Prior to the 1800’s Women’s prison really did not exist. Prisons were all coed with women serving their sentence right next to the men and with the children. Women were expected and did perform “hard labor” just like the men. Work that women performed in the prison system were things like cooking, sewing and the laundry for the facility. The women were to preserve their image of a lady but worked just as hard as their counterparts. Women often complained that they were not being fed enough because society said, “ladies do not eat that much” but were being worked harder than the men. One inside of prison was lucky to be fed on a daily basis, and they were fed inside the cell, with the food just being pushed inside their cell. Bathroom facilities really ...view middle of the document...
They are given proper medical attention and also have showers and toilets.
Children were later separated from the adults for 3 different reasons. First and foremost, children being placed with adults were taken advantage of, both physically and mentally. They were also treated like adults and needed to be cared for in a different way. By treating them like adults this left little room for them to actually be rehabilitated and learning. The guards of a correctional facility or prison had no way of knowing how to treat a juvenile. This could leave juveniles looking to adult inmates for guidance and comfort. Lastly, life in an adult prison for youth was just too hard for a juvenile. A juvenile had a choice, either to break and completely give up and become easy prey for an adult inmate or become harder and survive.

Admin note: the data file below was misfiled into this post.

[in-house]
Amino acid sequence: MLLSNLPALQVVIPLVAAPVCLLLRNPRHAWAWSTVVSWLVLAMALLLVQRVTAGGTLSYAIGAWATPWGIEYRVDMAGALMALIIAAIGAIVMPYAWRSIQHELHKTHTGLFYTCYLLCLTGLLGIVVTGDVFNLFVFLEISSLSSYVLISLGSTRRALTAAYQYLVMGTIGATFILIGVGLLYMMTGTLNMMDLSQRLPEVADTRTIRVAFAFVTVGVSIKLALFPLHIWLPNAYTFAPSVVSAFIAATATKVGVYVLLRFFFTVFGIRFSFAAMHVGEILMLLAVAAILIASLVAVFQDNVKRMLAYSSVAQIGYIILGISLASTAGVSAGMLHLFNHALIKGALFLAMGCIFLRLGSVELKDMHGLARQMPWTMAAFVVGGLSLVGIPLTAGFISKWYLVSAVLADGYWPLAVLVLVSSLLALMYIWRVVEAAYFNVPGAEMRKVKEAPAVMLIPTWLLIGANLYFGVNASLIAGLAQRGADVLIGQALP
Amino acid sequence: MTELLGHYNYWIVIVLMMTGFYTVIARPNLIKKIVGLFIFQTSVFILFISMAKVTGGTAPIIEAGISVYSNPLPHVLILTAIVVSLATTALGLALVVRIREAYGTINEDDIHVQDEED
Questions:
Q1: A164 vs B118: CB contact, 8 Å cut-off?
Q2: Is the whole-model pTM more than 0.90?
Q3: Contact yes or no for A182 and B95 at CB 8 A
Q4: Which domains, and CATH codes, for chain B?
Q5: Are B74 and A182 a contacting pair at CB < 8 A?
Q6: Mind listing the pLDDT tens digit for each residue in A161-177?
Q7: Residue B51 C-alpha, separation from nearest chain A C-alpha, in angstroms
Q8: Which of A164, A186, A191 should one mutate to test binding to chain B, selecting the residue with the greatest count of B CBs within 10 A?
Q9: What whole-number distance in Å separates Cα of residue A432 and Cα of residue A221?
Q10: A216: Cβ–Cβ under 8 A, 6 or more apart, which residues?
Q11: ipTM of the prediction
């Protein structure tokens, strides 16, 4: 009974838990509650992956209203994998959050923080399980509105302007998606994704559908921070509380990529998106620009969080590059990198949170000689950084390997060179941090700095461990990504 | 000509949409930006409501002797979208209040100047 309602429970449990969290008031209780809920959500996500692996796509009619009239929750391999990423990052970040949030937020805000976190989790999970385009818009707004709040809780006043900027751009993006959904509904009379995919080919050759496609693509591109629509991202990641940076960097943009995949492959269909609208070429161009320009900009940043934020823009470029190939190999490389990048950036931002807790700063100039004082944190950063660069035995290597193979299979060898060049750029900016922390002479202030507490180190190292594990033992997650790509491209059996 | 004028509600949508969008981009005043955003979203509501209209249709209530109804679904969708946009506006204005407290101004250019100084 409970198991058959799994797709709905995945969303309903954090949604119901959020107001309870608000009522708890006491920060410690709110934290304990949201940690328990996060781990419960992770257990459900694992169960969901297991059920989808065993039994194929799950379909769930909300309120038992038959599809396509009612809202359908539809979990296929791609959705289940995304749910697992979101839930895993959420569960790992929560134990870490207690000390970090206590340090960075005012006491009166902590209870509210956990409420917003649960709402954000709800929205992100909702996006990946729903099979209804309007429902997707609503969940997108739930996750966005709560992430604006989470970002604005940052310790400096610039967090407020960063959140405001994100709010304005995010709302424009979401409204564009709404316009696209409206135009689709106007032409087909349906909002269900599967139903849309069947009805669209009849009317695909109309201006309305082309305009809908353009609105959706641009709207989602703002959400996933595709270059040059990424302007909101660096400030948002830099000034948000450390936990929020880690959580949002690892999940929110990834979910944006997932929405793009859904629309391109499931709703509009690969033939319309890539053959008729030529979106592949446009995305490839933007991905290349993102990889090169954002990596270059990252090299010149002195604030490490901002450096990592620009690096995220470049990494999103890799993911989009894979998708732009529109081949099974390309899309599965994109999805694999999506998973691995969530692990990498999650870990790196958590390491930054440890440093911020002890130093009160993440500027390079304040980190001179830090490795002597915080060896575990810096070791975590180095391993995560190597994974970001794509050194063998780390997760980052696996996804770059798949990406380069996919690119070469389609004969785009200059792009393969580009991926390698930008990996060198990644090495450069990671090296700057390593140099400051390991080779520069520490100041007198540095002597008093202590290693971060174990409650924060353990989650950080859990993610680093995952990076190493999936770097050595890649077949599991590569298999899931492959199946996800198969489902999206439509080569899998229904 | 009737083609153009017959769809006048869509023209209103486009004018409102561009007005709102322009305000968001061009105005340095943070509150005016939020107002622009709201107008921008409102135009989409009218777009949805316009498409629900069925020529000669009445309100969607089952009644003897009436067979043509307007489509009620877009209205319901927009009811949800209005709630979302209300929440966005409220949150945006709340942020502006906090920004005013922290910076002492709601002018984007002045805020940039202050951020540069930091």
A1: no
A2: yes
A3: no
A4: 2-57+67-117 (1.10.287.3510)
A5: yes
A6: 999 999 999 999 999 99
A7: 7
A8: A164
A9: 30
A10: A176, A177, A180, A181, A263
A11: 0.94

Prison labor served several purposes. As business grew, the companies could turn to the prison facility and have their manual labor performed by inmates for little to no cost. This in turn raised the profit margin for companies. The facility liked it because the prison was self-sufficient and work keeps inmates busy, leaving them less time to get into fights or other kinds of disturbances. Lastly when the “Great Depression” struck and the families of men on the inside had no way of sustaining themselves anymore, the men on the inside were given the work and paid small wages that in turned helped their families with finances. Prison work started to decline when people started to take notice that inmates were being worked like dogs, under paid for the effort and often treated like slaves.
Corrections: The Fundamentals, by Burk Foster. Published by Prentice-Hall. Copyright © 2006 by Pearson Education, Inc.